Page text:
Sunday, November 26, 2006

News roundup, November 26, 2006

Anti-war Democrat has ties to U.S.' prewar Iraq claims talks about a surprising winner of Pennsylvania's 10th district. The winner, an "Anti-War Democrat", had worked in the Pentagon office that produced the cooked evidence that helped the Administration lie us into the war. Somehow he found his way to being an "Anti-War Democrat" which the newspaper finds odd and confusing. They probably aren't aware of Karen Kiatkowski who worked in that same office, has 20+ years experience in the Military working on anti-terrorism, and is totally against this war, is totally aghast at what the office she worked in produced etc. Clearly it's within the realm of possibility that two people working in that office could both be against the war.

Iraq Group a Study In Secrecy, Centrism is an examination of the Iraq Study Group. They interviewed a dozen or more of the participants to learn what was learnable. The process seems skewed to a centrist viewpoint, with neocons feeling disgruntled and left out. Hmm...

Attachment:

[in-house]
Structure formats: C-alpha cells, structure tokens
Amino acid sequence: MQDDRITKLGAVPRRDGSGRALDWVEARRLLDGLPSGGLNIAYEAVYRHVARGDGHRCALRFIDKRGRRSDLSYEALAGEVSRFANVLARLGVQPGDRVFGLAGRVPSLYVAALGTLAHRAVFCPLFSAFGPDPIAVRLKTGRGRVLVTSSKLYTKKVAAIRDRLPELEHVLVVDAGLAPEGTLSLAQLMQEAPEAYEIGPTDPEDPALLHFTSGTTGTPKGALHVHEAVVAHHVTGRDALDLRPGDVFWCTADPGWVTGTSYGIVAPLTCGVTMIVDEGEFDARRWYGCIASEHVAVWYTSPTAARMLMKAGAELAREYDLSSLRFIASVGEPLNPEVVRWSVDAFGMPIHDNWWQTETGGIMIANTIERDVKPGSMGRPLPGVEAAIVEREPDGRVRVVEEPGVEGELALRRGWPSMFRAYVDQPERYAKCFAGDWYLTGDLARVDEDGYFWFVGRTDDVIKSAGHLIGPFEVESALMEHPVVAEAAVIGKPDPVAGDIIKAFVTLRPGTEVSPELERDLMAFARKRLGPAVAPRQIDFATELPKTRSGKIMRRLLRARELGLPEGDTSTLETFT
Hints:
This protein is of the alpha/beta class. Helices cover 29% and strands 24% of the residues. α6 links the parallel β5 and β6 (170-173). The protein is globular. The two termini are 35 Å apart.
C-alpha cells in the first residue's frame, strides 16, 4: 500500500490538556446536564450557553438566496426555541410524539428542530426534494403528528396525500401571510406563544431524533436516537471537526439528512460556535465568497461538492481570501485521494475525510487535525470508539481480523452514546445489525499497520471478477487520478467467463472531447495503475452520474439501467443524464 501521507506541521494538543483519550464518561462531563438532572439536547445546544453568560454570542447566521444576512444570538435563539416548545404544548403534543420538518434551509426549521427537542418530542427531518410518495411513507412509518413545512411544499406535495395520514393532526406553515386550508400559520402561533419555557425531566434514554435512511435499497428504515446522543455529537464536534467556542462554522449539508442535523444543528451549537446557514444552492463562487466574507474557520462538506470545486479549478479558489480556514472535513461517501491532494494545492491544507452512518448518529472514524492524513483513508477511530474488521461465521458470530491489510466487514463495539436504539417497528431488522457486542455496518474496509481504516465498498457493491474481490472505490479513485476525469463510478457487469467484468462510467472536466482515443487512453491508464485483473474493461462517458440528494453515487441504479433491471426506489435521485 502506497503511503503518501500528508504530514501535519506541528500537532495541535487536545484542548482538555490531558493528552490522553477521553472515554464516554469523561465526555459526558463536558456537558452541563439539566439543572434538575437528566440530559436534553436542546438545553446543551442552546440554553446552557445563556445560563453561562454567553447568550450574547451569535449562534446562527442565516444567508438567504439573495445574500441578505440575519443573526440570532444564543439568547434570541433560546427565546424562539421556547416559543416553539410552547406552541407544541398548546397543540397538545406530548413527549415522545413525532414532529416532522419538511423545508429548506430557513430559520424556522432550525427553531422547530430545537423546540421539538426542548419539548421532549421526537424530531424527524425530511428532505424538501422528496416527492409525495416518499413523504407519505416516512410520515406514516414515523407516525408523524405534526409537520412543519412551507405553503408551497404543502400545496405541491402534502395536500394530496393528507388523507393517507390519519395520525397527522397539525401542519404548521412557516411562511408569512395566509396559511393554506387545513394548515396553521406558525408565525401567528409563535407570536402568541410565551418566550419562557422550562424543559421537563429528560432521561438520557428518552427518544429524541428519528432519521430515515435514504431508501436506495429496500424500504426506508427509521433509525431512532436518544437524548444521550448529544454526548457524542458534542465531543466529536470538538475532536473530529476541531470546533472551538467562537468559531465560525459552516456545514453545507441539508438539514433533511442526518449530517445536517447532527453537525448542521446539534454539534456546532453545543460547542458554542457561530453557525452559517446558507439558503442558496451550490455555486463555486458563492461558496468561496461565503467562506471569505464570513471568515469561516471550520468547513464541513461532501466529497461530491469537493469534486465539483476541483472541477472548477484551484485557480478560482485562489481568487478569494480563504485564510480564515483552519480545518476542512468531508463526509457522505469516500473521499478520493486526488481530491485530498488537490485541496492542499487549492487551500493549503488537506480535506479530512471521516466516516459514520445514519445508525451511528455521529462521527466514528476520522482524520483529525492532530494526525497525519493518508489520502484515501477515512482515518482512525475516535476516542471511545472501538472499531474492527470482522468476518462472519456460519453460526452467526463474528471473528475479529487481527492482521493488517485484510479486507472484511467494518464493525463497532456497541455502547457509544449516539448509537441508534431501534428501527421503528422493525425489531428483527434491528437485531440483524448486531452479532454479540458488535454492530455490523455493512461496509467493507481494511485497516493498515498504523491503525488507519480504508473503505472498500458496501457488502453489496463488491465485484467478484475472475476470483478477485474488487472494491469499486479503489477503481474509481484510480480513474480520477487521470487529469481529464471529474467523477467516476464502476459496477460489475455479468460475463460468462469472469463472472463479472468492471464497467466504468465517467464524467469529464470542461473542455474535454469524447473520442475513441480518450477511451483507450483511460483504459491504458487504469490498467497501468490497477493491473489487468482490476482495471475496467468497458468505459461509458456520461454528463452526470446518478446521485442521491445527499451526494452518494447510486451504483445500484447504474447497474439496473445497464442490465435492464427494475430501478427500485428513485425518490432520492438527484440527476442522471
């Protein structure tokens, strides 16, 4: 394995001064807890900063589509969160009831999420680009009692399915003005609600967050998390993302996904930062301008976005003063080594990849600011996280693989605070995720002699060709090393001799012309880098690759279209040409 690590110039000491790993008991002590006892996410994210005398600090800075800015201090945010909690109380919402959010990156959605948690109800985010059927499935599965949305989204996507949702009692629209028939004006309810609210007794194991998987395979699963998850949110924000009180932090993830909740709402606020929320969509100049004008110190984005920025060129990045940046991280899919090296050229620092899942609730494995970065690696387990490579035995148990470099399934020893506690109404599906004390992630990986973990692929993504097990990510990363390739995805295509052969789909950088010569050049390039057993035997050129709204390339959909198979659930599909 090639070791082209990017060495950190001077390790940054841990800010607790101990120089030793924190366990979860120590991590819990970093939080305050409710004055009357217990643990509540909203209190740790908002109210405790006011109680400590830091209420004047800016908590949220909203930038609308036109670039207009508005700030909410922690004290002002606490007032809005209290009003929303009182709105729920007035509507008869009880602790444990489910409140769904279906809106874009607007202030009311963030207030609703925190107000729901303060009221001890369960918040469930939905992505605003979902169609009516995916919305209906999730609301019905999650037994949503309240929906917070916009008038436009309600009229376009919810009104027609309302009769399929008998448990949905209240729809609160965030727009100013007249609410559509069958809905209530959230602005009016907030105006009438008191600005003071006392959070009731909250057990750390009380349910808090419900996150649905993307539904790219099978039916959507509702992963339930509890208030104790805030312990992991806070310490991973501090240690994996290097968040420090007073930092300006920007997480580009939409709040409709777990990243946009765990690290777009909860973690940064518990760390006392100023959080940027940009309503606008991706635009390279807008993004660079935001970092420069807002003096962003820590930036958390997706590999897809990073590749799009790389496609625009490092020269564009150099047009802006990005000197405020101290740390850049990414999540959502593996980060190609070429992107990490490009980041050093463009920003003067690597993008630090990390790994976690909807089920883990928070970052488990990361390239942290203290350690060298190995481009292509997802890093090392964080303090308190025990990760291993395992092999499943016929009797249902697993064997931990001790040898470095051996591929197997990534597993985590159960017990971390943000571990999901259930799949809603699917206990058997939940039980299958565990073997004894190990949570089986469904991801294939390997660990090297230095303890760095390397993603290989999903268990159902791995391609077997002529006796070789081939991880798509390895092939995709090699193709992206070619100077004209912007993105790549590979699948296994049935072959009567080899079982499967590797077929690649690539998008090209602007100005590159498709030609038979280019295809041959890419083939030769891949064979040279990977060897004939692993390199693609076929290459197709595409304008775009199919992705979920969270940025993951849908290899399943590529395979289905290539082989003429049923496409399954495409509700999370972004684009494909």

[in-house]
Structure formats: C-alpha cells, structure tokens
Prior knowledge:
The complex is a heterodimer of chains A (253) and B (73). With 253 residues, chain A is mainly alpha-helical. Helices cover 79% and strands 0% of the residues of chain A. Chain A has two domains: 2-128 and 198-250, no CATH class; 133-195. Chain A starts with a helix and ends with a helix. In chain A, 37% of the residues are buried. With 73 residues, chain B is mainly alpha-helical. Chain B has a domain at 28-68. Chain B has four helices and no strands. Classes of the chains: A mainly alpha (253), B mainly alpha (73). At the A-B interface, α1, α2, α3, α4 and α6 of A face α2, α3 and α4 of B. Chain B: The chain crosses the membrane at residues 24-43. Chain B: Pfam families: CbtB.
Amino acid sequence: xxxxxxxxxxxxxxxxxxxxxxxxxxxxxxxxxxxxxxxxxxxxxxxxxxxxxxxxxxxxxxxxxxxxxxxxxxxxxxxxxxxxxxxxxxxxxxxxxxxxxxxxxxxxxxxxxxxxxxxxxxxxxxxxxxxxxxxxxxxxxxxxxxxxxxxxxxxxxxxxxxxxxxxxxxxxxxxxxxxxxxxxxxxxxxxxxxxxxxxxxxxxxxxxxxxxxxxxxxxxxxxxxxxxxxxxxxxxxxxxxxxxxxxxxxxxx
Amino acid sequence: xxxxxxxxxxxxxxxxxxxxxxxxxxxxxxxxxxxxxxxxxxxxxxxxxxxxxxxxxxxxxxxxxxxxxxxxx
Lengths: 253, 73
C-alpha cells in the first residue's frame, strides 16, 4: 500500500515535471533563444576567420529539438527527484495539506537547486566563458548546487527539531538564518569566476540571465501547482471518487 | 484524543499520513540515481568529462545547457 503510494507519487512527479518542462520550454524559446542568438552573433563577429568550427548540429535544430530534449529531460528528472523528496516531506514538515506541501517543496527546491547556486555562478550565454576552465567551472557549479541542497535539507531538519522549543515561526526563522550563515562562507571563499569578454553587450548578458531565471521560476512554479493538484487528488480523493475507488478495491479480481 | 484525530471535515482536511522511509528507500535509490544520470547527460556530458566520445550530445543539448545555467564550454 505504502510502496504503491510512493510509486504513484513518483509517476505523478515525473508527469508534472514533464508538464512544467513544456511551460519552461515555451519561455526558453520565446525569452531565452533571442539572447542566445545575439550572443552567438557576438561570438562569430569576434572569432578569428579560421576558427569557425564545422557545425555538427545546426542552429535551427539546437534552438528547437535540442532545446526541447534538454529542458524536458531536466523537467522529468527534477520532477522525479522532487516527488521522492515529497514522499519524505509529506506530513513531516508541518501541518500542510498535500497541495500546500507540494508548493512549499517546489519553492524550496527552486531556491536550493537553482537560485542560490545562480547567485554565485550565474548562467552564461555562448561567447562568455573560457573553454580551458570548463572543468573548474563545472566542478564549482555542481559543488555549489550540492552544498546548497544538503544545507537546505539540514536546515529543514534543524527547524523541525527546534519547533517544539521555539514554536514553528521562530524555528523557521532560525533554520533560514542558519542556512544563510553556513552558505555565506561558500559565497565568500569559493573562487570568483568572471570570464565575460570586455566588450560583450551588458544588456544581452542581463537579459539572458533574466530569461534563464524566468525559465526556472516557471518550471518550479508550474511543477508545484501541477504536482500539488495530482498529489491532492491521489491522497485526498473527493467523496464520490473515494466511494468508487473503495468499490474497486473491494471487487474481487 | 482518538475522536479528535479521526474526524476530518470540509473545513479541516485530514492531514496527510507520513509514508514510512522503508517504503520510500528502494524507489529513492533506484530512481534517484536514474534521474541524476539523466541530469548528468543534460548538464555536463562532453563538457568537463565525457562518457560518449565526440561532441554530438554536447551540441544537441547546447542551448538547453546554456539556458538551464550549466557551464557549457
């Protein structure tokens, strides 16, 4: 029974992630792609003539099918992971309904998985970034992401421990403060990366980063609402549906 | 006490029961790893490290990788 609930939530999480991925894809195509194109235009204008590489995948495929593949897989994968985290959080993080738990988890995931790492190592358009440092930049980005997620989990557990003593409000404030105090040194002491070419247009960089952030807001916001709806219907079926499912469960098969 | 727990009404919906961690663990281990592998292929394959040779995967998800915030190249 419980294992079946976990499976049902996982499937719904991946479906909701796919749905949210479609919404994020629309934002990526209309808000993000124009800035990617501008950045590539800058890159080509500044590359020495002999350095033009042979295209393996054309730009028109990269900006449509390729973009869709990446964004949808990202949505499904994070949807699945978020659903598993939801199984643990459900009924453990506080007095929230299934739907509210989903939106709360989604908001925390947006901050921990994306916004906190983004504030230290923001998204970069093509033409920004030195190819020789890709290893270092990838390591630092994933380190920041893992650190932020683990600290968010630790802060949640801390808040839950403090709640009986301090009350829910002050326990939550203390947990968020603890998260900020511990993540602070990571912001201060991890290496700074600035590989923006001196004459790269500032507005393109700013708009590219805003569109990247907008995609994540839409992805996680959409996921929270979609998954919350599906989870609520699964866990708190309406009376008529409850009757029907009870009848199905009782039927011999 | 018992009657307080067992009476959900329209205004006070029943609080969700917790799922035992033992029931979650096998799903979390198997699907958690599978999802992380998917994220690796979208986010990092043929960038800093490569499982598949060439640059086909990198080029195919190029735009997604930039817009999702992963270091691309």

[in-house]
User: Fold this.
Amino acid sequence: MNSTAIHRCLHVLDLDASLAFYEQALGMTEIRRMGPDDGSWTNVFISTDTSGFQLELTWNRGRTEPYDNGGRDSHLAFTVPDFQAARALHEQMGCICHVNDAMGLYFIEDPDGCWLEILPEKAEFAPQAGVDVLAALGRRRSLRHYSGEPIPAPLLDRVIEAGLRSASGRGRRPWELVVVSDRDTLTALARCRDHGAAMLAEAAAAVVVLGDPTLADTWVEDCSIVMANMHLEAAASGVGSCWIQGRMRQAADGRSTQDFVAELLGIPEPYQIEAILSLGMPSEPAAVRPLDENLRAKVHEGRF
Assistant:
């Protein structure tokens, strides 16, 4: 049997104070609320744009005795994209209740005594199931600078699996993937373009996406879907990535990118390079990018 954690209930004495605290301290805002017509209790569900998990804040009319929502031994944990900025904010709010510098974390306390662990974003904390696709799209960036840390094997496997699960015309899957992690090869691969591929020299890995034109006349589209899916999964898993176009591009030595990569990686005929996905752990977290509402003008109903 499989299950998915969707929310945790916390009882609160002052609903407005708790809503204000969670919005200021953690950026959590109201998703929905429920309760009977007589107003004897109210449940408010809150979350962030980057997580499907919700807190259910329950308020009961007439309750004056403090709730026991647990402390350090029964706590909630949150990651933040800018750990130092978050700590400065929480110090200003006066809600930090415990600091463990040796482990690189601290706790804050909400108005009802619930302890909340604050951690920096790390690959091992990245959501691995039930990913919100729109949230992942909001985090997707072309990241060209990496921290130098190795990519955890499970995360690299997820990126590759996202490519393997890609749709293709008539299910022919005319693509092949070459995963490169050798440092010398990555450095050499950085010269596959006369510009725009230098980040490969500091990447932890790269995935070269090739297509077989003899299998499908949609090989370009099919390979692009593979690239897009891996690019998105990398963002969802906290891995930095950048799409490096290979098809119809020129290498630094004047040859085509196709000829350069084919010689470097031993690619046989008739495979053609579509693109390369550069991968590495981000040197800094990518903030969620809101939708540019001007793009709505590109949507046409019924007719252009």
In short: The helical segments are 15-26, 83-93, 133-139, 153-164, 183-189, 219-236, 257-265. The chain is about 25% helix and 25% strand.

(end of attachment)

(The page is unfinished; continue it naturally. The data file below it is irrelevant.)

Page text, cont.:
Ferocity of Iraq attacks leaves US troops helpless discusses escalating violence in Iraq. Especially as it may jeapordize a summit to be held with Iraq Prime Minister al-Maliki.

Crowd stones Iraq PM as govt calls for calm It probably isn't al-Maliki's week, a crowd stoned his motorcade as they drove through Sadr City.

U.S. Finds Iraq Insurgency Has Funds to Sustain Itself The insurgency (uh... is there just one insurgency? or are there multiple insurgencies?) has been raising money through oil smuggling and other criminal activites and is earning enough revenue to sustain its own operations. I suppose that means they don't have to depend on Iran or on Saddam's pilfered cash stockpile, eh? And just how do we know what they're earning? Did they file a 10-Q with the SEC or something?

Rumsfeld okayed abuses says former US army general Former U.S. Army Brigadier General Janis Karpinski told Spain's El Pais newspaper she had seen a letter apparently signed by Rumsfeld which allowed civilian contractors to use techniques such as sleep deprivation during interrogation.